I recently came across an article in the Journal of Sexual Medicine from Kermanshah, Iran, that reported a case of priapism (an erection lasting longer than four hours) following a penile tattooing.

A 21-year-old male presented to the hospital with a partially rigid penis of three months’ duration. At the time of his examination, the penis was half rigid with a tattoo on its dorsal (back) surface and a smaller tattoo on the tip. The patient stated that the tattoo was created just prior to the priapism and noted bleeding from the deep penile tissues for several days after the tattooing.

You may, of course, be curious as to what was tattooed. The tattoo on the dorsal surface of the penis reads in Persian borow be salaamat, which apparently means “good luck with your journeys.” The patient also had the English letter M tattooed on the tip of his penis, and he admitted that M was the first letter of his girlfriend’s first name.

The patient had no known causes that are normally associated with priapism, such as penile injury, sickle cell anemia, perineal injury (injury to the area between the anus and the genital organs), tumors, or drug injections.

One theory suggests that the priapism was secondary to the deep penetration of the needle by the tattoo artist. In Iran, tattoos are created manually using a handheld needle. This traditional Iranian technique allows no control of the depth of the needle penetration. After tattoo artists pierce the skin with the needle, coloring material (henna, ash, or other natural pigments) is then applied on the perforated skin surface.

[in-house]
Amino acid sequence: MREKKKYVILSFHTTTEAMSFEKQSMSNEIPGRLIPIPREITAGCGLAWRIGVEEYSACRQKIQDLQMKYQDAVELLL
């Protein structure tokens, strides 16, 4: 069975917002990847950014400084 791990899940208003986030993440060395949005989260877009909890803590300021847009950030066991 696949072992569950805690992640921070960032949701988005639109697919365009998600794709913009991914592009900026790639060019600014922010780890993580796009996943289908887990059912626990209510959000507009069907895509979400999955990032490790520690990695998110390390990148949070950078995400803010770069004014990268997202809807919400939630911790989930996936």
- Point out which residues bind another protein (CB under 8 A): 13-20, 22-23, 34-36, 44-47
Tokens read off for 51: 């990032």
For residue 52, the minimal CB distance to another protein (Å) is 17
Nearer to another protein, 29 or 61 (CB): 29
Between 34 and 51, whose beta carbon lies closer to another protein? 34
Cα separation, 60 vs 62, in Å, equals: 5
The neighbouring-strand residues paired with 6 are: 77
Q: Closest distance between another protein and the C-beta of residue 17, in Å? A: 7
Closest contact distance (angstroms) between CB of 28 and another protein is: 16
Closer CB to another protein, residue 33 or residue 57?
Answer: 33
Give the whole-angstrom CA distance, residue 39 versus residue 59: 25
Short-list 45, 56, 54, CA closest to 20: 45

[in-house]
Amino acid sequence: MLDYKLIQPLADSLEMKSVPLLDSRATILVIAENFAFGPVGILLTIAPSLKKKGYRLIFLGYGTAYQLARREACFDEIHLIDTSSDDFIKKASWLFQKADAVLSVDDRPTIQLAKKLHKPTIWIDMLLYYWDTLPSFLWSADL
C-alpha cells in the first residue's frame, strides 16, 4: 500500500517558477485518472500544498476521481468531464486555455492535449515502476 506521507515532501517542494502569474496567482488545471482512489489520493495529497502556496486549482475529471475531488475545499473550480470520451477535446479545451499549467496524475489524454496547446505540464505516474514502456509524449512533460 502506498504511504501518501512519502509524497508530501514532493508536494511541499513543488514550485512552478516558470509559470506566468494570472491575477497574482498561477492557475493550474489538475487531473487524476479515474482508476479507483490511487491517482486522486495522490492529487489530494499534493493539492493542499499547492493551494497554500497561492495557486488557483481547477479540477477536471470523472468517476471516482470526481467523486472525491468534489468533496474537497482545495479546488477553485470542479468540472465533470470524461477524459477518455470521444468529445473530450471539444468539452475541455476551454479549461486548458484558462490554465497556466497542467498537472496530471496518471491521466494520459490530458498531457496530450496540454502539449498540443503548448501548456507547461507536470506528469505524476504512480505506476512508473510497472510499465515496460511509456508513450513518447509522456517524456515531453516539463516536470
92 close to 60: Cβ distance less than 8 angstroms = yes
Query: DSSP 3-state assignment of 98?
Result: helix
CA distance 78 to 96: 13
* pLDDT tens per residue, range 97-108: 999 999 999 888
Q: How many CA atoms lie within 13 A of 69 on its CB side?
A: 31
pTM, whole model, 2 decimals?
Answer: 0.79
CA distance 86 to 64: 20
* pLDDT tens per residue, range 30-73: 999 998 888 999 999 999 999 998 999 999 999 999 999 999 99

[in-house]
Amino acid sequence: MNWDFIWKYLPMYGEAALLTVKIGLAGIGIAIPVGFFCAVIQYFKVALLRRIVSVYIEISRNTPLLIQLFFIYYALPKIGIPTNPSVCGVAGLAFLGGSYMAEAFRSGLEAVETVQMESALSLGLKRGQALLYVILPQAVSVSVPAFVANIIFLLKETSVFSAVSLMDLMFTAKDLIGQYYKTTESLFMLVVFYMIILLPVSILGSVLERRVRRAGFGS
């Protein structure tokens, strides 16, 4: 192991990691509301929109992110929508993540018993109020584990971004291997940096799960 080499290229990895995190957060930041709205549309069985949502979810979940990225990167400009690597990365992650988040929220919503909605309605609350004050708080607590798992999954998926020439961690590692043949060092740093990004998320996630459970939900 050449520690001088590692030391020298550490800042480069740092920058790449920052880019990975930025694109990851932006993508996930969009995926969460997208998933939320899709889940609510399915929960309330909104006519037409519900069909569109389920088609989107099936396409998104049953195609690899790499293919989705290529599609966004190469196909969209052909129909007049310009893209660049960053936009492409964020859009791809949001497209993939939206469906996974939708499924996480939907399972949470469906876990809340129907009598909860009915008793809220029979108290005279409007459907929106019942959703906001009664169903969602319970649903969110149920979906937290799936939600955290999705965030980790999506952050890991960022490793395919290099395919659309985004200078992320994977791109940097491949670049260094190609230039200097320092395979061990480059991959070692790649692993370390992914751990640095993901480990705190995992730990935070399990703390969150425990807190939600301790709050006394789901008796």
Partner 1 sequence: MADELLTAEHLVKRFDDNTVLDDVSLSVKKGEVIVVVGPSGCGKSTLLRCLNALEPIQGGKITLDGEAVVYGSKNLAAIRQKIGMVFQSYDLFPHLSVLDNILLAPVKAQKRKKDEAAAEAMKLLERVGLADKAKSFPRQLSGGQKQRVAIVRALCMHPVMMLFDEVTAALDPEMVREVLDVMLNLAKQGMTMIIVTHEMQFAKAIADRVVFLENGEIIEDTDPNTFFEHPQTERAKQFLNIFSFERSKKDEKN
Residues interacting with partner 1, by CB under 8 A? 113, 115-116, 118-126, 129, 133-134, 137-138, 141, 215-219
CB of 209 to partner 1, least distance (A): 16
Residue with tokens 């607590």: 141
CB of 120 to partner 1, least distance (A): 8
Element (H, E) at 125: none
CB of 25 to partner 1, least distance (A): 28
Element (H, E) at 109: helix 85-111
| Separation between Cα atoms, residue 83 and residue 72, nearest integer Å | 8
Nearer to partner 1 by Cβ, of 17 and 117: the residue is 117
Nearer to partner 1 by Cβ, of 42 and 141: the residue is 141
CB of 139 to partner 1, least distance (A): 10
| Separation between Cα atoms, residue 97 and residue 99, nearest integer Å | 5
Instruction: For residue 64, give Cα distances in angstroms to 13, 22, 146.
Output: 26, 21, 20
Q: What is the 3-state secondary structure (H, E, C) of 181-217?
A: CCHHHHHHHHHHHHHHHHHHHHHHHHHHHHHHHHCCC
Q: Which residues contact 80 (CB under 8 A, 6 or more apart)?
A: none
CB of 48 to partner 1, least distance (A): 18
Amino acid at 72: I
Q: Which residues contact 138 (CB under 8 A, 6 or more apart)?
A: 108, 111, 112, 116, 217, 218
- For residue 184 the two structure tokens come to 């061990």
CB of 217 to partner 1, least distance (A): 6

The multiple piercings necessary to complete the tattoo apparently created a fistula (an abnormal passage) between the deep artery and the veins of the penis. As a result, more blood was entering the penile channel than could naturally be evacuated. The fistula formation caused a pooling of the blood outside of the vessel wall. This pooling and the stoppage of flow resulted in fibrosis of the penis tissue and created a permanent semierect penis. Under usual circumstances, the fibrotic damage caused by priapism results in the subsequent inability to get or maintain an erection adequate for penetration. But because this patient is 21 years old and the apparent damage was incomplete, he is able to get a partial erection and is capable of having intercourse. This case is the exception rather than the rule.

The takeaway message? Having someone repeatedly stick a needle into your penis for the purposes of tattooing is a bad idea that can result in grave consequences.

Dudley S. Danoff, MD, FACS is the attending urologic surgeon and founder/president of the Cedars-Sinai Medical Center Tower Urology Group in Los Angeles, California. He is the author of Penis Power: The Ultimate Guide To Male Sexual Health (Del Monaco Press, 2011) and Superpotency (Warner Books).

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